Despite the Bainbridge Island School District being down 200 students – meaning getting $2 million less from the state – the local tax rate for the BISD actually will go down.
Dave Trageser, senior vice president for D.A. Davidson & Co., explained to the school board recently that the levy rate officially to be decided Thursday night would go down from $2.70 to $2.61 per $1,000 valuation, including enrichment, technology, capital and debt.
But when state taxes are added, the cost goes from $5.51 to $5.67 per $1,000. With the median home price on the island valued at $787,680, that means $2,124 for the local levy. To compare, Trageser said taxpayers will pay $1,062 in North Kitsap and $2,911 in Issaquah.
Trageser said the rate would go down if there is new construction, but added Bainbridge Island is the lowest area in Kitsap County for growth. He said the tax in the future would grow 1% a year. That would bring a slight increase in money as valuations grow.
With so much unknown because of COVID-19, BISD superintendent Peter Bang-Knudsen was asked if Feb. 9 might be too soon for a levy vote. He said there was discussion with staff about that.
“If we push it to April when COVID is down a bit people might feel better” about approving a levy, he admitted.
However, if the levy fails the next opportunity for a vote would be April 27. That leaves a short window to come up with a budget in May when teachers need to know about their contracts. And if the district waited until April for a first vote, if it failed then the district would have to wait until August for another vote, when many teachers would be gone because they didn’t have contracts.
Plus, “Historically we have had great success in February” levies, Bang-Knudsen said, adding 10 schools passed levies Nov. 3 despite COVID, so that’s a positive trend.
Meanwhile, Trageser showed comparisons with other school districts.
“We’re kind of right there in the middle,” school board member Mark Emerson said. “It’s not some crazy reach number.”
Board president Lynn Smith added, “It was higher a few years ago.”
Board member Mike Spence asked Trageser what would happen if there is a recession?
After hearing that if home valuations go down then the tax rate just goes up, Reece realized, “So taxes are going to stay the same.”
Bang-Knudsen also talked about the need for the enrichment levy to pass. The name was changed by the legislature. It used to be called the education, programs and operations levy. “It covers the gap between what the legislature funds and what we determine our needs are,” he said.
For example, the state would fund one nurse for the entire district who would work half-time two days a week and try to cover all the schools. BISD, instead, has hired a nurse for each school.
That levy would remain at about $1.05 per $1,000 valuation, going up a penny or so in following years.
The money also goes for counselors, music, student support, special education, sports and more. It also keeps class sizes down. The state provides funds for that for K-3, but that’s it. BISD likes to keep class size down as much as it can at every level.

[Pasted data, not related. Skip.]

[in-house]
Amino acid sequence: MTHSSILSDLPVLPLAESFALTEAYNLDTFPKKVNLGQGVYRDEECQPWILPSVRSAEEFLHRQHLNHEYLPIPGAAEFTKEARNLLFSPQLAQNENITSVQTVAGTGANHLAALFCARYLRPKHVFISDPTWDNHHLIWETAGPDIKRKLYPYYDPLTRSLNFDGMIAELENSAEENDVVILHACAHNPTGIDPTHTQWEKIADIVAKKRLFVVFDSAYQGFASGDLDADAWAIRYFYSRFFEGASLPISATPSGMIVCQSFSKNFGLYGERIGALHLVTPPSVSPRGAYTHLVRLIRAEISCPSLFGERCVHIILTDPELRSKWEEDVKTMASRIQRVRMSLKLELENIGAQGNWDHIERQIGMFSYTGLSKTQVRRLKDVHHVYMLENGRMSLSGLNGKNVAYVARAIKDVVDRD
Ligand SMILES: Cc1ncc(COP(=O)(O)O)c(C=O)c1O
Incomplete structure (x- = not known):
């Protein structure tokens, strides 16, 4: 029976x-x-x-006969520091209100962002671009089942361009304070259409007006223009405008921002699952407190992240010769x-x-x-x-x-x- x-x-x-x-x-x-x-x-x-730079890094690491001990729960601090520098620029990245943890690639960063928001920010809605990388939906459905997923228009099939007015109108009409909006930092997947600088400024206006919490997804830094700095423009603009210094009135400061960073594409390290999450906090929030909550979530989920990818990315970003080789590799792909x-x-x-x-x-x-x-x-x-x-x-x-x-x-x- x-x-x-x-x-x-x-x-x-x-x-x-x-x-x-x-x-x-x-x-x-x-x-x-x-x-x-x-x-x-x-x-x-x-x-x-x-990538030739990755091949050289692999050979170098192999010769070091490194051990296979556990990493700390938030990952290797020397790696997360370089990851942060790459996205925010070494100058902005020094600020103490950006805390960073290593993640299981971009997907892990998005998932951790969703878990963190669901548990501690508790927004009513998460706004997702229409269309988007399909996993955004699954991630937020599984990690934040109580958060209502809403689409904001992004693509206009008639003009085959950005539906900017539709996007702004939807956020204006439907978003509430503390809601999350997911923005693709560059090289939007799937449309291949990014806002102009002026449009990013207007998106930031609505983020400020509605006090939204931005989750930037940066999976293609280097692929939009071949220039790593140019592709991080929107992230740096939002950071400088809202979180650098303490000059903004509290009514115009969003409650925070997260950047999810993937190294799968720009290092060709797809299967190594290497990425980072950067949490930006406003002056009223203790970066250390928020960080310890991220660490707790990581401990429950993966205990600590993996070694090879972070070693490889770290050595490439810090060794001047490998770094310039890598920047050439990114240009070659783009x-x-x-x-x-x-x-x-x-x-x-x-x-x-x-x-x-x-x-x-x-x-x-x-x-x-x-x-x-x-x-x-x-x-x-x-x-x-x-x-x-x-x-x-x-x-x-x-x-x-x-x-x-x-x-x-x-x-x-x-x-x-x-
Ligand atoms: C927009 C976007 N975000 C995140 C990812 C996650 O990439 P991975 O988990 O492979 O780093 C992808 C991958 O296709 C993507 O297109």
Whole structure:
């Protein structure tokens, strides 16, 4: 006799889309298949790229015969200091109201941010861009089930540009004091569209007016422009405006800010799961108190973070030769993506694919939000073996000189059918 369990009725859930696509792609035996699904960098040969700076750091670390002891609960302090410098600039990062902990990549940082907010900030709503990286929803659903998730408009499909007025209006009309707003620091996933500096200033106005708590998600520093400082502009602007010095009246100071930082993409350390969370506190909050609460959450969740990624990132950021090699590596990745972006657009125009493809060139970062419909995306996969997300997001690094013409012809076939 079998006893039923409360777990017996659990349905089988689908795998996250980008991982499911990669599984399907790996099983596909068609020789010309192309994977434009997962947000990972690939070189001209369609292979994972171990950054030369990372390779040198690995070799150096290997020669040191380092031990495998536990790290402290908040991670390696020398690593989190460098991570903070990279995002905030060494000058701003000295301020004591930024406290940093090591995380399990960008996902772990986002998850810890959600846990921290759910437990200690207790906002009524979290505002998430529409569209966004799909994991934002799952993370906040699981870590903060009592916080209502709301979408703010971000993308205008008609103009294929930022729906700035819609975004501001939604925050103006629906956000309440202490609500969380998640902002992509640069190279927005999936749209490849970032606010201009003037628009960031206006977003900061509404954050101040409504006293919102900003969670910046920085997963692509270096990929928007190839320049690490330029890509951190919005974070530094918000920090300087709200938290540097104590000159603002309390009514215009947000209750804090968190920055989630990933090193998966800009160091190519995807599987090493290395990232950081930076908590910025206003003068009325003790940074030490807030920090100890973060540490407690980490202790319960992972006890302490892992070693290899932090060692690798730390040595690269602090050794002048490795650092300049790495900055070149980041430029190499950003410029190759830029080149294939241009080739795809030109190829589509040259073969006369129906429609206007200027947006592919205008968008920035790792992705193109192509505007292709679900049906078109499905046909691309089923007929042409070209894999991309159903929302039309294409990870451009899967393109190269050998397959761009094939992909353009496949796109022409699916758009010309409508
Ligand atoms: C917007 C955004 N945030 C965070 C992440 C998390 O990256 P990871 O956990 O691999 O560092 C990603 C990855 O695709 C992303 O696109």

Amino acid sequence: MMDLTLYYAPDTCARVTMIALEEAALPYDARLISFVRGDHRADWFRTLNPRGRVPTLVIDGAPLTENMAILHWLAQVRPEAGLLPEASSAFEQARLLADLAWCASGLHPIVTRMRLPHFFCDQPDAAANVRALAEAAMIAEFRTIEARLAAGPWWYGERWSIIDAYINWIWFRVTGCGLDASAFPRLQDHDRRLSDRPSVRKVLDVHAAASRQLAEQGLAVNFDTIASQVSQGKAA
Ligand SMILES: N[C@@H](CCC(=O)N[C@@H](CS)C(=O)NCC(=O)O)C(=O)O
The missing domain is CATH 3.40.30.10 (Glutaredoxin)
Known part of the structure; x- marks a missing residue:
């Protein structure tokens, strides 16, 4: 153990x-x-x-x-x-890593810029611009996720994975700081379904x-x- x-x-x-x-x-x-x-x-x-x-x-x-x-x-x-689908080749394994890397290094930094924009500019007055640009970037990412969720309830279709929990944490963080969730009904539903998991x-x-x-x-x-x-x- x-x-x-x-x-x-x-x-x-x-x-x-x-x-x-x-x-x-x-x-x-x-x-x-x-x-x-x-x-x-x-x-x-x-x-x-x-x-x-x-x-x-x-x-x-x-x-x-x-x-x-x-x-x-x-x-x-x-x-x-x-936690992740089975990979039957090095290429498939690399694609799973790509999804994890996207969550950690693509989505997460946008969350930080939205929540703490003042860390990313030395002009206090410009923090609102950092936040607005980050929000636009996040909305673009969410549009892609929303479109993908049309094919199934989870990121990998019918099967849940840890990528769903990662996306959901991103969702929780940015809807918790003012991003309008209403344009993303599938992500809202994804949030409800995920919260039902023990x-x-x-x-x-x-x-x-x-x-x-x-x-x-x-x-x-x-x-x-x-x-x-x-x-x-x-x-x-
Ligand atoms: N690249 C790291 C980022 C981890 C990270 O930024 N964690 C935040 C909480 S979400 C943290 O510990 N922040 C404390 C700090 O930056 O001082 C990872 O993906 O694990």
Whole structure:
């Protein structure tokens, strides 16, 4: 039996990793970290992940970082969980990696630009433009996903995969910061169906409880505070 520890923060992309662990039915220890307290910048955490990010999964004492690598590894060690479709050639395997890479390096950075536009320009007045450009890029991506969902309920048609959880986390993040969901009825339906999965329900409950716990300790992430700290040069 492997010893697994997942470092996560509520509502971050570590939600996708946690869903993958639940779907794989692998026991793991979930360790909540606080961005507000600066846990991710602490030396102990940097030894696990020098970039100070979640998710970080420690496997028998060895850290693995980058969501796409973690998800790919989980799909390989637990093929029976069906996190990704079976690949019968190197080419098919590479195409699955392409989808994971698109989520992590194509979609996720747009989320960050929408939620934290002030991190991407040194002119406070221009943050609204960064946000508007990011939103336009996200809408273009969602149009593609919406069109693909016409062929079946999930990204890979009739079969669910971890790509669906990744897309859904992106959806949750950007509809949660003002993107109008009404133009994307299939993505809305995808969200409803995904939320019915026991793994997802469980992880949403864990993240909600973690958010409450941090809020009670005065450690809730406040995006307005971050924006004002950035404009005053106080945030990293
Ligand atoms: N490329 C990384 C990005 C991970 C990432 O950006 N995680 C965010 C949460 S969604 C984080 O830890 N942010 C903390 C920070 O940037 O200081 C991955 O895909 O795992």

BISD looks at the whole child through an equity lens. “We provide a world-class education,” Bangs-Knudsen said.
As for the drop of 200 students in enrollment, probably mostly due to COVID, Bang-Knudsen said, “We hope to bring some of those families back.”
If they do, “Reductions (in the next budget) would be much narrower.”
An advisory committee will start meeting in December to discuss the budget. Staff will need to be cut due to the lower enrollment, but if we “don’t have the levy (pass) it gets to be catastrophic,” the superintendent said, with programs, electives and counseling among the areas eliminated.
The school board also talked about a technology levy. That levy would remain in the about 26 cents per $1,000 range.
Bang-Knudsen said a three-year levy would last until 2024. That would be a better time to renew than 2025, when the capital levy runs out and another is likely. He said it’s better to stagger money issues than vote on them simultaneously.
Plus, along with the coronavirus, there are other uncertainties. The levy cap could be raised, enrollment could change and the economy could be in flux.
Kiyo Toma, director of technology services, said the state doesn’t help with technology funds, and it’s a vital part of education, especially with kids home learning due to COVID and who knows how long that will last? The money pays for student devices, staff development and more.
He said technological literacy is an expectation of higher education and for going into the workforce.
“There is a huge amount of expectations,” he said, adding kids need to know how to use social media and analytics in many jobs. “Technology is shaping the job market.”
And while COVID has forced technology to advance in an urgent situation, he said once there is time to step back society will learn new things to improve upon. “There are probably some things we want to keep,” he said.
School board vice president Christina Hulet asked if the district should ask for even more money for technology.
Becauser of the unknowns already mentioned, Bangs-Knudsen said they want to keep that levy flat. But there’s always something more that could be done – such as having more expertise in training.
“They have dedicated people on the Seattle side” for that type of instruction,” Toma said. “You could argue this (tech levy) lacks ambition. But it’s realistic.”